During a US Senate Intelligence Committee hearing this week, a bunch of officials from the CIA, NSA, FBI and the Defense Intelligence Agency were grilled about the potential risks they think the USA faces by allowing companies like Huawei and ZTE to operate on US soil. The suspicions western governments have surrounding telcos installing Huawei and ZTE infrastructure are nothing new (I wrote an article about it five years ago), but this time they raised concerns about smartphones from Huawei and ZTE being tools of the Chinese regime's indiscriminate spying. The officials didn't necessarily say what they think the smartphones themselves are doing, but they did say they don't recommend Americans buy them. Devil's advocate: they don't want you buying them because they can't spy on Americans via Chinese phones. Makes you think, hey?
Telstra announced its half-yearly financials today. They made $1.7b profit, which apparently, it's down about $100m mainly due to the Ooyala mess. Telstra also said that the NBN continues to be a drag on their finances and may even lead to job cuts. Reselling the NBN is much less complicated than running your own network and every day more and more of Telstra's customers are moving from Telstra's network to simply being Telstra customers on NBN's network. To turn this absolutely shocking disaster around (I mean, really, $1.7b, why even get up in the morning?), Telstra has a few tricks up their sleeve. It's going to open a Security Operations Centre (SOC) in London to compliment its SOCs in Melbourne and Sydney and will continue finishing off a $3b investment into its wireless network, including some 5G goodness.
Sydney has a new big and fancy Startup Hub, which was officially opened by the Premier yesterday. The government reckons it'll give Sydney "a huge competitive advantage over its domestic rivals in attracting startups and stamps the city as an international centre for entrepreneurial activity". I reckon it's just a handout to their property developer mates, but ok, cool, startups, whatever. One of the key tenants of this hub is Microsoft, who due to the fancy building, have selected Sydney as a spot for their ScaleUp incubator program. David Thodey, former Telstra CEO and now chairman of Jobs for NSW, says the Startup Hub is just "stop-gap measure, with a limited horizon", to keep the engine ticking over whilst Sydney builds an "even bigger precinct".
Isn't it nice that Facebook is asking its users to set up 2FA via SMS? Very noble of them, caring about their user's account security like that. Oh.. wait, it's just a ploy to harvest your mobile number, then send you SMS spam about your friends to boost Facebook's engagement stats. Ugh. At least this Onavo VPN app that Facebook promotes within the iOS app under "protect" will keep us secure from the bad guys, yeah? Hang on a second, Onavo is owned by Facebook! That means all my traffic will be routed via Facebook and they'll know everything I'm doing on the internet at an even deeper level than they already know via all their tracking scripts plastered around the web. Damn you Zuck, damn you to hell.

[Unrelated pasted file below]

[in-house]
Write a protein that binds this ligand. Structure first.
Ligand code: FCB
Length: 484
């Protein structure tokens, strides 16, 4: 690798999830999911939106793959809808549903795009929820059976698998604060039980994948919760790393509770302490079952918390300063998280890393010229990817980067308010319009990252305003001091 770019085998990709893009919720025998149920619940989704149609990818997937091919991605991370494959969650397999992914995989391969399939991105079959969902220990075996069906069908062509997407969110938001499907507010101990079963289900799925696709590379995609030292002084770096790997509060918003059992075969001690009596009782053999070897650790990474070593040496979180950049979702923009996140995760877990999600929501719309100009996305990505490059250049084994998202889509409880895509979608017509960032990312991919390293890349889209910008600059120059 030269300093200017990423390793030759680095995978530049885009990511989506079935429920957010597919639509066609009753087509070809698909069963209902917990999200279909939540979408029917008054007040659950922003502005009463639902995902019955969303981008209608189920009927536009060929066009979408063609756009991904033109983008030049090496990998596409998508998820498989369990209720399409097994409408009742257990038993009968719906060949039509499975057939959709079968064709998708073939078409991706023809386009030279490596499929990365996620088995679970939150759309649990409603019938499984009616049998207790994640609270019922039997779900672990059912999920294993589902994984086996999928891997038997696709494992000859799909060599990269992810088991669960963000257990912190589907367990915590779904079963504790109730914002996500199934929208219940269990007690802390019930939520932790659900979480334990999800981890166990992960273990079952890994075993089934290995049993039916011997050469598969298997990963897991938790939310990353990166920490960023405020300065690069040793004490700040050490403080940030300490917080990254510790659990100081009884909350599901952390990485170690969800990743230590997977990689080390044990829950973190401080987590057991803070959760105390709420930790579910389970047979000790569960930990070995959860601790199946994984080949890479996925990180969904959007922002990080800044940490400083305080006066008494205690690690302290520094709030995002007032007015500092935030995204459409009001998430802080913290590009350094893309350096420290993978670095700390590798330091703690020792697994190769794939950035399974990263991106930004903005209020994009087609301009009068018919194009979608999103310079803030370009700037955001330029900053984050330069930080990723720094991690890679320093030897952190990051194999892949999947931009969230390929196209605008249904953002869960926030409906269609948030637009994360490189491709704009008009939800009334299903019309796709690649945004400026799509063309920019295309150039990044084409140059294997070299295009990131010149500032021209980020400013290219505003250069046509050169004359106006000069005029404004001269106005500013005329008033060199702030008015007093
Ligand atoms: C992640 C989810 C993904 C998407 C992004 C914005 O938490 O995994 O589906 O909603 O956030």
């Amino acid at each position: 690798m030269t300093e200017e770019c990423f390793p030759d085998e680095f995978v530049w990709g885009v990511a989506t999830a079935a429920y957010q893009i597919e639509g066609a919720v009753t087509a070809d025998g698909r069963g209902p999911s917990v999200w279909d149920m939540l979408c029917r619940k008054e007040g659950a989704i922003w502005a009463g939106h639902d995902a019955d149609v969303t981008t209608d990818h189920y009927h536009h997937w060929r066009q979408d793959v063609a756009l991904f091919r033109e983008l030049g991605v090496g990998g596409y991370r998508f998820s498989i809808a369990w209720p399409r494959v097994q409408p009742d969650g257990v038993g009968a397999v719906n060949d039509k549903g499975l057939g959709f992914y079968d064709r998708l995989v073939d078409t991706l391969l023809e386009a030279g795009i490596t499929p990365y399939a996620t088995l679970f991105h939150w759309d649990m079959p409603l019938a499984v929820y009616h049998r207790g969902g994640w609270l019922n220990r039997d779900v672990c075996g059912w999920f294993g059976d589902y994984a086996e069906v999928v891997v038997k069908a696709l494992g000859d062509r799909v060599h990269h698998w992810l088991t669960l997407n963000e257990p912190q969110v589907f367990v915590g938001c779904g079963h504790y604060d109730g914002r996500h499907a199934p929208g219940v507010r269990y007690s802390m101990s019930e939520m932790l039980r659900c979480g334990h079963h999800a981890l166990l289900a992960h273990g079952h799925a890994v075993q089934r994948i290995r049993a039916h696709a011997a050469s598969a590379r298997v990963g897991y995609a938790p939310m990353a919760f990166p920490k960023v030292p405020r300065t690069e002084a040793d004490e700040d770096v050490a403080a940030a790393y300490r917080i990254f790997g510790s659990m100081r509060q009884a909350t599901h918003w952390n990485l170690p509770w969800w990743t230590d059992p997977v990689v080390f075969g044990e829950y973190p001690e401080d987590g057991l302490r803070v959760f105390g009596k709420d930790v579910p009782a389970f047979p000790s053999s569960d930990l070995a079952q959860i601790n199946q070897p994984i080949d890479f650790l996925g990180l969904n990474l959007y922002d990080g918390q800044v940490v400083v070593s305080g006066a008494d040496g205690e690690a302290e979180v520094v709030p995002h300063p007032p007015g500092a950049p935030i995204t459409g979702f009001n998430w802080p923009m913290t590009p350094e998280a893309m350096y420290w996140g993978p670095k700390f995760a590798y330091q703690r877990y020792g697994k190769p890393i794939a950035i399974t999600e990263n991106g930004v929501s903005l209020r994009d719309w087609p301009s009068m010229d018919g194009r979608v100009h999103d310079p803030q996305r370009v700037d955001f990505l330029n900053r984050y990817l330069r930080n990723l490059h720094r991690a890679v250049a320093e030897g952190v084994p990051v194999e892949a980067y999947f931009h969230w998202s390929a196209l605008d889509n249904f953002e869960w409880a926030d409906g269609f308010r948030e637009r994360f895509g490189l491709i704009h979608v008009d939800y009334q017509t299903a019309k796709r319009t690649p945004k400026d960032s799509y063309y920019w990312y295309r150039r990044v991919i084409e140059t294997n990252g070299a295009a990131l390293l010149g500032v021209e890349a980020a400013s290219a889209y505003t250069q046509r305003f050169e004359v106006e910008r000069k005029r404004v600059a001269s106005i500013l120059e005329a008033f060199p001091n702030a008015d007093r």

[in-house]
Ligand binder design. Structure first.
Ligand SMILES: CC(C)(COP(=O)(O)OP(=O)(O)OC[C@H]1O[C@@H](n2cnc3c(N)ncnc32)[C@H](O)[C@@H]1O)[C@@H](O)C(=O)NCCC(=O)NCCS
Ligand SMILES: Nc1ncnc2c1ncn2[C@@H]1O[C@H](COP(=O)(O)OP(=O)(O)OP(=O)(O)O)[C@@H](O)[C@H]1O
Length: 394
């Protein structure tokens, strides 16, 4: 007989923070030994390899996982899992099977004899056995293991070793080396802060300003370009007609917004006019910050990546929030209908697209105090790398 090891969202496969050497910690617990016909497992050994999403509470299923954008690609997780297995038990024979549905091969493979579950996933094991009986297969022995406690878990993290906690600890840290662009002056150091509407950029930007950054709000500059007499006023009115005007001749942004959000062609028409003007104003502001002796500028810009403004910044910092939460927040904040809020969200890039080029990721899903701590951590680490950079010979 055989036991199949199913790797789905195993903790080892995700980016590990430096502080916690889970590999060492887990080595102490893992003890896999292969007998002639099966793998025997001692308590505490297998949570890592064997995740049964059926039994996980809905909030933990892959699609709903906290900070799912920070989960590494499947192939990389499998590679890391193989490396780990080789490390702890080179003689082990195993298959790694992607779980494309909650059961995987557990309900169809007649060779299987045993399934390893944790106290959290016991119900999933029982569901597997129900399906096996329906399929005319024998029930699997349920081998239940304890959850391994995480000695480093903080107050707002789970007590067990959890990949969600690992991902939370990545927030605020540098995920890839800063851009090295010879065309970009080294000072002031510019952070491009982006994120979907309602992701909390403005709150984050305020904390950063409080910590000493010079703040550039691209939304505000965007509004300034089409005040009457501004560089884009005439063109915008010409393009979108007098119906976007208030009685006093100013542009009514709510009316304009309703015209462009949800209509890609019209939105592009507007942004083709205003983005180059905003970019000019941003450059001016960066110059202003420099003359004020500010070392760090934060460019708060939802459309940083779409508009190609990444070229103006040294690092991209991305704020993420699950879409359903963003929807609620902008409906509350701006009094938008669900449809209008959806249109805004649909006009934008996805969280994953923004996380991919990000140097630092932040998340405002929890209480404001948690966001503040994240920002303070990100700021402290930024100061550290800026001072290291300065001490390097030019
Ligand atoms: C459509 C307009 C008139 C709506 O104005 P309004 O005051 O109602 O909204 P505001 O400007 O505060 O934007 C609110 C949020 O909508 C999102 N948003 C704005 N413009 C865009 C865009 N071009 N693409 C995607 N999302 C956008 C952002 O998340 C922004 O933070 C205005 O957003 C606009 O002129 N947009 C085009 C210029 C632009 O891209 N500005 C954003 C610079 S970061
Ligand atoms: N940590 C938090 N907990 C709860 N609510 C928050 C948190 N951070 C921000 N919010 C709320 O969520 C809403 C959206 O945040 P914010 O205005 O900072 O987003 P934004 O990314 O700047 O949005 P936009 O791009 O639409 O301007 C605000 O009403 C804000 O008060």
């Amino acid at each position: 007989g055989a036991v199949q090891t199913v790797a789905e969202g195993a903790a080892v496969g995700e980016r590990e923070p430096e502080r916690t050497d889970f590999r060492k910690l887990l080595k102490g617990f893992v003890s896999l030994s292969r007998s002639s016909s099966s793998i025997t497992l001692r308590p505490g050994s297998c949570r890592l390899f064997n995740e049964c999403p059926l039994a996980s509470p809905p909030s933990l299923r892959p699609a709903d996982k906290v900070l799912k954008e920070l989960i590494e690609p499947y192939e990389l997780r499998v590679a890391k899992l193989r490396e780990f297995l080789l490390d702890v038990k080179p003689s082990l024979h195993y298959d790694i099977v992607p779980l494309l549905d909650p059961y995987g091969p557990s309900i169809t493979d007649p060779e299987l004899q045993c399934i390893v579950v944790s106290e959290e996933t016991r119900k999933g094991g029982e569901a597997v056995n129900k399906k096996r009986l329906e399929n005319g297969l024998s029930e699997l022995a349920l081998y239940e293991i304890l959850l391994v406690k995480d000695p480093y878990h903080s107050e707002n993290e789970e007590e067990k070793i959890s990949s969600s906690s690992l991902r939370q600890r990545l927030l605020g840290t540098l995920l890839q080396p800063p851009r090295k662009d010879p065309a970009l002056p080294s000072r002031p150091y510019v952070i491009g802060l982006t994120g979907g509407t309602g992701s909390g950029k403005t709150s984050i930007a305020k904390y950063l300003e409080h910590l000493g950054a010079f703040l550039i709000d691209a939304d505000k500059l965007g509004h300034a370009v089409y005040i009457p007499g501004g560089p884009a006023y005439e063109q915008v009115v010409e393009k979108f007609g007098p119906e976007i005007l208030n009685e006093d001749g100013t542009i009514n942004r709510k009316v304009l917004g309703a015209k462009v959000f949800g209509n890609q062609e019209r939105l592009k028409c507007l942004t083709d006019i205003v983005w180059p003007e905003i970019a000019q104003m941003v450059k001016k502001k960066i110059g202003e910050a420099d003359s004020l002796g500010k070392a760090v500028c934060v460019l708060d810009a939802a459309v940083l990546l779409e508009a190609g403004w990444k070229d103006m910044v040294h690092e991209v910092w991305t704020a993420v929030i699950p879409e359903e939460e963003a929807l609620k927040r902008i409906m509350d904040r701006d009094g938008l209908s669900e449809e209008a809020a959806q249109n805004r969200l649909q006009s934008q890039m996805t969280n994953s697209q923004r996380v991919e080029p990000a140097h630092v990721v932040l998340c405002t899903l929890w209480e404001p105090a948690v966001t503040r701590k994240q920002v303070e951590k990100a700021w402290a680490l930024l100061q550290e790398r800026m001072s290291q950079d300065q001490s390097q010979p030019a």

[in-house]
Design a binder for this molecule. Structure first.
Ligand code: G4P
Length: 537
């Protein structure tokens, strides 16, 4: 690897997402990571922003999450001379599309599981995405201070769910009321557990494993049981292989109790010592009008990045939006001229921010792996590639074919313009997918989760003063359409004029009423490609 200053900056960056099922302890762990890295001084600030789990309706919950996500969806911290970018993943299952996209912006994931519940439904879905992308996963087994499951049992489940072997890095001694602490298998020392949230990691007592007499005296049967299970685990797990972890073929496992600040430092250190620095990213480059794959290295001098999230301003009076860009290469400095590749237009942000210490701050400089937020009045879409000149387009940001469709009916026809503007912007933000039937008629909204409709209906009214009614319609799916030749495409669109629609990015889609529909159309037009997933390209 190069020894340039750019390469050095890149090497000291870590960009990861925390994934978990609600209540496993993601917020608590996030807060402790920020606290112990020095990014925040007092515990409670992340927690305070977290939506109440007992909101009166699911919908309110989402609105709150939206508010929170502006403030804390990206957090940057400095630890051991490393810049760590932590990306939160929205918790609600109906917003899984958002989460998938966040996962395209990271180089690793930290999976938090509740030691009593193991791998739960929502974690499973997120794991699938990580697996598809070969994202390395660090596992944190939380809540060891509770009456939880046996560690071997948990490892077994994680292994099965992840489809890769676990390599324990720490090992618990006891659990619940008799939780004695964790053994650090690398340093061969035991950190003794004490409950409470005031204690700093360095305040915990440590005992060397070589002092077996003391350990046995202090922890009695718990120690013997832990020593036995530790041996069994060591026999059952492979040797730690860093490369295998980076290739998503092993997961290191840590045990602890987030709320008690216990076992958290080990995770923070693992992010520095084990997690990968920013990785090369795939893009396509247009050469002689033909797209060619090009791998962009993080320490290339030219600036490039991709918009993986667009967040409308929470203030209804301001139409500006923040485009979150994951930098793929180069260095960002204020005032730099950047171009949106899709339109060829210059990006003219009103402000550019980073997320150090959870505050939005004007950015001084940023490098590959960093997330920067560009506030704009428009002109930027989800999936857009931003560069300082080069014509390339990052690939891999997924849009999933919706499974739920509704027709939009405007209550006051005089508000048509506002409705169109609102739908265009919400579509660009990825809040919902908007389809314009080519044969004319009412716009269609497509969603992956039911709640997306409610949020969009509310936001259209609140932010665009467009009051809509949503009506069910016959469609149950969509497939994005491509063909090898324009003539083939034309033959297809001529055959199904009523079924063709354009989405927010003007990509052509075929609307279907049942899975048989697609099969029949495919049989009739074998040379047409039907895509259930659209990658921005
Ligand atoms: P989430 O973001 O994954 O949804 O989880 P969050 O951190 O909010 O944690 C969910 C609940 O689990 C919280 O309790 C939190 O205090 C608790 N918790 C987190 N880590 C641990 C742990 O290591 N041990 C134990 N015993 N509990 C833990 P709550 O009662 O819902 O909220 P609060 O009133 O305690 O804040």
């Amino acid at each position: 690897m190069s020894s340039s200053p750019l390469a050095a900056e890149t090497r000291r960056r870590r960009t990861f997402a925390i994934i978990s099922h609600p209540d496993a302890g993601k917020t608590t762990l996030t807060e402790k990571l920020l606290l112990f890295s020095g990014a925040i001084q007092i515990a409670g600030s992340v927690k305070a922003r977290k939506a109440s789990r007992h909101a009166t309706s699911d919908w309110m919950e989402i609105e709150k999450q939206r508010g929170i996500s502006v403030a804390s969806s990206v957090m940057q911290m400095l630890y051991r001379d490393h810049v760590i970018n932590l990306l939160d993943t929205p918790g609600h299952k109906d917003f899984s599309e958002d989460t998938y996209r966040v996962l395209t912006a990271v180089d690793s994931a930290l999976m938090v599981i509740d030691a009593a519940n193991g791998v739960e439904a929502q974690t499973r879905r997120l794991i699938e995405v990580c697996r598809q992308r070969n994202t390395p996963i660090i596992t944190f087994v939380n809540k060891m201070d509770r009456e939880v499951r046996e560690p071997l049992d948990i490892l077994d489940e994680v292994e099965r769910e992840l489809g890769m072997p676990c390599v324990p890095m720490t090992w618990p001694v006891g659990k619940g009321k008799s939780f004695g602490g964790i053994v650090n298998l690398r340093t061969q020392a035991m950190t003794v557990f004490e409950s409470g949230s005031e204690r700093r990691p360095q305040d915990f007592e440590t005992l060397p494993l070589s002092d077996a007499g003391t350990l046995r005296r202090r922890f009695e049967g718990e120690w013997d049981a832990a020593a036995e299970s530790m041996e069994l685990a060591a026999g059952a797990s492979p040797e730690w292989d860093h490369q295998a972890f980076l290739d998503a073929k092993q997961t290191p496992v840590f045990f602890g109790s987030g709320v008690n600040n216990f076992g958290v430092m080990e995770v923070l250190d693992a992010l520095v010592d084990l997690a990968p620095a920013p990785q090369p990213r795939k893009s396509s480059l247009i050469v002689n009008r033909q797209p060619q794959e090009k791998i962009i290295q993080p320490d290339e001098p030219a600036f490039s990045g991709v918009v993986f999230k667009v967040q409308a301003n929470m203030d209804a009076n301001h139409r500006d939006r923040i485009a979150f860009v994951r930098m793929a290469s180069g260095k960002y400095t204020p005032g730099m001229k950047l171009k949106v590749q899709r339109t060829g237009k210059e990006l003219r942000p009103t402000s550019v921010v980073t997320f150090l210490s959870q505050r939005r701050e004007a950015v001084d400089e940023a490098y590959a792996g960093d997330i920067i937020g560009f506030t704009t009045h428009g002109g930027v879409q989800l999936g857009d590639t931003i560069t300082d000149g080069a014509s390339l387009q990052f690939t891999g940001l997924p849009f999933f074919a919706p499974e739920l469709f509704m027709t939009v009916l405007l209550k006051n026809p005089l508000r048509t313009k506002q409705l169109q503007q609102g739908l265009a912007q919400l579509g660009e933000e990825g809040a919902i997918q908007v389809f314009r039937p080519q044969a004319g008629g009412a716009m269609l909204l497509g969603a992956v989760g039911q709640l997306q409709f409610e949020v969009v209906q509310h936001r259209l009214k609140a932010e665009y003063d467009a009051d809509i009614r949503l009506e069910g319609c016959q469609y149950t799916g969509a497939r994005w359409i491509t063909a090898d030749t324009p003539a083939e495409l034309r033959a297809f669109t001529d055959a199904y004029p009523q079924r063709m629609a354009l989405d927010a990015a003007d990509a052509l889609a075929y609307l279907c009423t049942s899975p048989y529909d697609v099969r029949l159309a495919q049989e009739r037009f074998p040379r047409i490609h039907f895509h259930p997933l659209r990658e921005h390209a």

Fresh off the back of putting a Tesla Roadster into space last week, SpaceX is going to be launching something much more productive this Saturday: two low-Earth orbit satellites (Microsat-2a and -2b) that will provide internet access to a vast geographical area with much lower latency and high bandwidth than existing internet satellites. SpaceX plans to use these two satellites as a demonstration of its technology that it hopes will bring fast internet (i.e: gigabit speeds at 25-35ms) to the entire globe. I've mentioned this stuff before, but I had no idea SpaceX was this close to actually launching the satellites!
I didn't want to mention the HomePad again, but interesting stuff about it keeps popping up. Now the damn things are leaving "rings" on top of any wooden surface it's left on. Apple has responded updating a support document to state that "it is not unusual for any speaker with a vibration-dampening silicone base to leave mild marks when placed on some wooden surfaces", due to "oils diffusing between the silicone base and the table surface". If you move the speaker, these marks will apparently go away on their own after a few days, or wipe it off with a damp cloth. Apple also says that "you're concerned about this, we recommend placing your HomePod on a different surface" - the 2018 version of "you're holding it wrong", haha. Classic Apple.
Here's a sad consequence to everyone using their GPUs to mine cryptocurrency (besides the power consumption) - they're no longer used to look for aliens. Some of you probably remember SETI@Home, one of the first ever distributed computing projects to involve "home" users. It was an attempt to use everyone in the world's computers to scan the huge amounts of radio noise captured by giant antennas to see if life forms are trying to communicate with us. It's not just less people contributing to the search either, they cant' even buy GPUs to use in their own research labs. Goddamn cryptocurrency, holding us back from finding alien life.
eBay has a back to uni sale on "selected items" listed here. Use the code PAPERS to apply the discount. Here's a list of the tech gear worth buying:
That's it, see ya tomorrow!